2. Citizen
    November 6, 2012, 8:35 am

    It’s all Zionist manipulation; the key is the increase in illegal Israeli settlements, more Jews on more land. Bibi knows the Jewish Israeli well and they like the settlements, and everybody can see neither Obama nor Mitt will do anything effective to end ever more land grabs, more “facts on the ground” that will determine Israel’s future, and as to that, Jewish Israelis long ago concluded more land is always better, both for basic strategic military reasons and to fulfill their biblical chosen dream of Greater Israel, as well as to provide negotiation pawns as if the Jews involved had a right to that land in the first place that’s been recognized by anyone except Israel and influential diaspora Jews.

  3. seafoid
    November 6, 2012, 8:39 am

    “When David Ben-Gurion declared the foundation of the state of Israel, was it done with American approval?”

    It was, indeed.

    The decision to cover Israel’s whimpering ass in 1973 when supplies were running out was also American.

    Over 50 UN vetos supporting Israel have been American

  4. pabelmont
    November 6, 2012, 8:43 am

    Figure shows the label “Terrestrial Jerusalem”. As distinguished, I suppose, from “Celestial”?

    N’yahu is really pushing here. Doing what (as NYT says) Israel has always done, do for itself what it wants to do. First (against majority opposing local opinion but no particular military resistance) it created itself “vi et armis”. A criminal act in the usual circumstances of armed acts against the people and property of a place.

    Thereafter, finding itself unloved and unwanted (as any criminal hoarding its violently acquired gains would naturally be), it fought war after war, occasionally in defense, mostly in offensive (aggressive and therefore illegal) wars. And now, more talk of doing it again. No end in sight. Indeed, Israel has never (I believe) had a politician who has spread before his countrymen a vision of long-lasting peace. Instead, its politicians have had only a vision of never ending warfare.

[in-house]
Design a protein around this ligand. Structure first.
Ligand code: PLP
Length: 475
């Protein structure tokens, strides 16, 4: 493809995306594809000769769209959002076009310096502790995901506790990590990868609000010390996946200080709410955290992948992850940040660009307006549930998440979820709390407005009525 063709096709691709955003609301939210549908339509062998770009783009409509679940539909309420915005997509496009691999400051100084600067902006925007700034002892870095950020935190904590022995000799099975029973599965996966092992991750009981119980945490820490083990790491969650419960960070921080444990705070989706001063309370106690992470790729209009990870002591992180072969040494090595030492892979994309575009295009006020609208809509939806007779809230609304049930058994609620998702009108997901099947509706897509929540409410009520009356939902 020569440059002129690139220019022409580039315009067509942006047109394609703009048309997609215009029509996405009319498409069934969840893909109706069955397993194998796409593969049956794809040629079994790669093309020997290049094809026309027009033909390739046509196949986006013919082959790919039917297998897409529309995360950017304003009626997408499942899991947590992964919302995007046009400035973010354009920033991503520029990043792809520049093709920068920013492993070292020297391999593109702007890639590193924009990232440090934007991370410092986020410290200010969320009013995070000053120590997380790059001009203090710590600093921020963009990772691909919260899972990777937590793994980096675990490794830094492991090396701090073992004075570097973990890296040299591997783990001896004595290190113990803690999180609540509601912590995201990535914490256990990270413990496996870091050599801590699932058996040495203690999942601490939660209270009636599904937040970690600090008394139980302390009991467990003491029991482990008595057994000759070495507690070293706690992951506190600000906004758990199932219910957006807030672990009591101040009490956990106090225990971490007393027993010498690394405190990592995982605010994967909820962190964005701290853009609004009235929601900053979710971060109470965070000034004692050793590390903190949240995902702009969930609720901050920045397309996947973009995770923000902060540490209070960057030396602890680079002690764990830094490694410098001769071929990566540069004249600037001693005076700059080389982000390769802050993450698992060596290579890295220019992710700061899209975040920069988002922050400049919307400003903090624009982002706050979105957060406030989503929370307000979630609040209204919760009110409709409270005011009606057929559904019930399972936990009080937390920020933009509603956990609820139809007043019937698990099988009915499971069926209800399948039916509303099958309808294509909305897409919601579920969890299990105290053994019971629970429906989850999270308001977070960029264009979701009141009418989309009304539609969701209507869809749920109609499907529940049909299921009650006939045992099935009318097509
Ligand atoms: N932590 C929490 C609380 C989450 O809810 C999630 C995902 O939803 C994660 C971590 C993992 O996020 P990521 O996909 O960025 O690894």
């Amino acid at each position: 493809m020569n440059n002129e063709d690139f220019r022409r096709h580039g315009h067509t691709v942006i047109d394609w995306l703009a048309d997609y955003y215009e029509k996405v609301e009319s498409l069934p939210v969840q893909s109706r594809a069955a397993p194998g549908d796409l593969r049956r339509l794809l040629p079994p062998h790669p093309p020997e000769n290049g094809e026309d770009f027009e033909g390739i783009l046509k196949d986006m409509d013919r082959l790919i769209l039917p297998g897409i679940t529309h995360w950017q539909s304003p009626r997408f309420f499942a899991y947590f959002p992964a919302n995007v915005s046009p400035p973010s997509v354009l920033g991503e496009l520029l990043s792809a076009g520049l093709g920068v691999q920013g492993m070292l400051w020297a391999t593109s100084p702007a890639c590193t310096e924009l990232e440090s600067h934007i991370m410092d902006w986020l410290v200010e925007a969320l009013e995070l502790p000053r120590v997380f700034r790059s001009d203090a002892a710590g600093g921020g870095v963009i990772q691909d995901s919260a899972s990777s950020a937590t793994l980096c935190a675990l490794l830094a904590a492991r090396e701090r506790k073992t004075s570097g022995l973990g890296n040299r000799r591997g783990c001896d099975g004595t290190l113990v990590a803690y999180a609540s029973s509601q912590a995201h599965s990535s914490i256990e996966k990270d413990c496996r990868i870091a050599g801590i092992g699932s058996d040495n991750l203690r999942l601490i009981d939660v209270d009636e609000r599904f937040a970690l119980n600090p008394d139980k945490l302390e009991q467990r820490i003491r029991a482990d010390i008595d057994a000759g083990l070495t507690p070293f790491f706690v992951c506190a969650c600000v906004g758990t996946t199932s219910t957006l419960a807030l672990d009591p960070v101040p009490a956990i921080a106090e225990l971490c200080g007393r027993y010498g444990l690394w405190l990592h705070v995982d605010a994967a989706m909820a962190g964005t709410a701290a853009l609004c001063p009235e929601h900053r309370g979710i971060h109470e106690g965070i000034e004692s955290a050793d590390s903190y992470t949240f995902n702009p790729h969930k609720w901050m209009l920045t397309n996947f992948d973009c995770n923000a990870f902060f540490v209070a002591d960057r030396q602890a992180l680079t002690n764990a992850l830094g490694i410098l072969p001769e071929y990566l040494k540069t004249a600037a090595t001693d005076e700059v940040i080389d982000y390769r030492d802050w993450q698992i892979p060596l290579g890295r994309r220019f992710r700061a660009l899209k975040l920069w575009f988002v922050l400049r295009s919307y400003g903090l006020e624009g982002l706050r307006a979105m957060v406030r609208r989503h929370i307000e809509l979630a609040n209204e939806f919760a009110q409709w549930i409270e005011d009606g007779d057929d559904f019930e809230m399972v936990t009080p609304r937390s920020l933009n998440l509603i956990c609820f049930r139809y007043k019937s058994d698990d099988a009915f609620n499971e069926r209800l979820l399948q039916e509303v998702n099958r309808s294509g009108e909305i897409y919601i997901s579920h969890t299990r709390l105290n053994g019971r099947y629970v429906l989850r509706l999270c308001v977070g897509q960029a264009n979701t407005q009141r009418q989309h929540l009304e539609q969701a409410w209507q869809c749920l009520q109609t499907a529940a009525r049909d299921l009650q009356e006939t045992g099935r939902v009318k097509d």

I wonder if that is where Bush got his idea for a war-without-end against “terror” (by which he meant endless USA attacks on people making armed resistance to the USA’s ever more fierce and ever more unwelcome world-wide imperium).

    And I wonder if the ease with which the USA accepted aggressive war-without-end explains why the USA accepts the OIL and COAL and GAS war-without-end on the natural environment which produces and enhances Global Warming. All sense of caution, morality, and fear of blow-back is absent.

  5. LeaNder
    November 6, 2012, 9:47 am

    Can anyone suggest a live feed of US election reports, I would prefer it to watching it on our own two major public channels or the private one that will cover it.

    Ideally with a link?

    I would be very, very pleased.

    • German Lefty
      November 6, 2012, 10:50 am

      @ LeaNder:

      RT America is streamed live on the Internet.

      Also, Democracy Now! will cover the election night live.

    • German Lefty
      November 6, 2012, 11:22 am

      @ LeaNder:
      It just occured to me. You can also watch the election coverage on CNN (Europe).

      • Klaus Bloemker
        November 6, 2012, 12:55 pm

        Last night I talked to a somewhat tipsy Lufthansa stewardess. Suddenly she shifted the conversation to the US election and told me she votes for Obama.